They made the playoffs twice in Gibbons’ tenure, also capturing the Wild Card in 2016. The Blue Jays won that WC game in thrilling fashion when Edwin Encarnacion walked off Ubaldo Jimenez in the bottom of the 11th with a 3-run home run. That game is more famous for the decisions made in the opposing dugout, as Buck Showalter never got uber-closer Zack Britton into the ballgame, despite owning a 0.54 ERA across 69 games on the season. Showalter’s decision certainly played a role in the expansion of the fireman concept in contemporary bullpens, as teams are far less likely these days to save someone like Britton for a save situation that may never come.
Gibbons’ teams performed well in the postseason, winning not just the WC game but also sweeping the Rangers in the ALDS. Losing two straight seasons in the ALCS won’t etch Gibbons name anywhere in Cooperstown, but it was an achievement nonetheless. He helped end a 22-year postseason drought that extended from their World Series victory in 1993 until the division title in 2015.
Of course, Gibbons was well aware of the drought, as his first and only other managerial experience came with the Blue Jays from August 2004 until June of 2008. Those Blue Jays teams were always competitive, despite never reaching the postseason. His entire Blue Jays tenure ended with a record of 793-789, a .501 winning percentage.
There are a number of managerial vacancies around the MLB at present, including high profile offices in New York and Chicago. The Royals, Padres, Pirates, Giants and Angels are the other clubs hunting a new field manager. For what it’s worth, Gibbons began his professional coaching career with the Mets in 1990. He also served as a bench coach in Kansas City, and Double-A manager in the Padres system for the 2012 season.
The Blue Jays and their fans were surely excited to see a potential wave of young talent reach the Majors, with Bo Bichette, Vladimir Guerrero Jr. and Cavan Biggio all debuting in 2019, but the team’s pitching proved to be a disaster. Toronto starters posted a combined 5.25 ERA, and that number includes Marcus Stroman’s pre-trade contributions. Cut out his 124 2/3 innings of 2.96 ERA ball, and non-Stroman Blue Jays starters recorded a 5.74 ERA.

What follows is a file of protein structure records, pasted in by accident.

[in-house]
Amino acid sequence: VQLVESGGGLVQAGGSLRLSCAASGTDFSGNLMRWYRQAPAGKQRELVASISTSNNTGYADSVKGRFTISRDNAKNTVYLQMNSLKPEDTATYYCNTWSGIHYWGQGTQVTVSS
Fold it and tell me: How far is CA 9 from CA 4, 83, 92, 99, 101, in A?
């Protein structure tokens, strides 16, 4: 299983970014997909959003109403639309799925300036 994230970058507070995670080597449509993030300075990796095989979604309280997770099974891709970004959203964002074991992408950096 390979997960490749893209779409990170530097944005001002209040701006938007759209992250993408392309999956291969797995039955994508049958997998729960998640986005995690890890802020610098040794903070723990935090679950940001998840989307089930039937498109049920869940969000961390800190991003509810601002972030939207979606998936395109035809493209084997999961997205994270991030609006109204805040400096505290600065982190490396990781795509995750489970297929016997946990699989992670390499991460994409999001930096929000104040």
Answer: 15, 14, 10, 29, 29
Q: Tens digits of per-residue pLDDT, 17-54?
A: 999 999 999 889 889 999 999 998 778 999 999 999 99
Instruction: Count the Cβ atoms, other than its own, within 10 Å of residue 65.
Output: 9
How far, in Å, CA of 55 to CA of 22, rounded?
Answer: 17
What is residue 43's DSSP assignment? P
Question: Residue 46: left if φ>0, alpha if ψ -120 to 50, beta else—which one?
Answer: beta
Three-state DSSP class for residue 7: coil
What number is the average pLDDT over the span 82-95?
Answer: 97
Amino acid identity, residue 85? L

As such, it was hardly a surprise to hear general manager Ross Atkins declare that his organization plans to “look for pitching in every possible way” this offseason when meeting with the media yesterday (Twitter link via Ben Nicholson-Smith of Sportsnet). That’s probably a bit of hyperbole, as no one’s expecting the Jays to be prime suitors for Gerrit Cole or Madison Bumgarner. However, Atkins also suggested that simply acquiring filler won’t be good enough. Rather, the the Jays need arms they can “count on” to “contribute in significant ways.”
Currently, the Blue Jays’ rotation is virtually bereft of certainty. Trent Thornton led Toronto starters with 139 1/3 innings. But while he showed an ability to miss bats and had some positive stretches, the collective results (5.04 ERA, 4.80 FIP) were lackluster. No other pitcher currently on the Jays’ roster even tossed 70 innings as a starter. Right-hander Jacob Waguespack managed a 4.13 ERA with lesser peripherals in 65 1/3 innings. Injuries wiped out Ryan Borucki’s season. Veteran Matt Shoemaker gave the Jays 28 2/3 innings with a 1.57 ERA (3.95 FIP) before suffering an ACL tear early in the season. Lefty Anthony Kay, acquired in the Stroman trade, should get a chance to log a high volume of innings next year.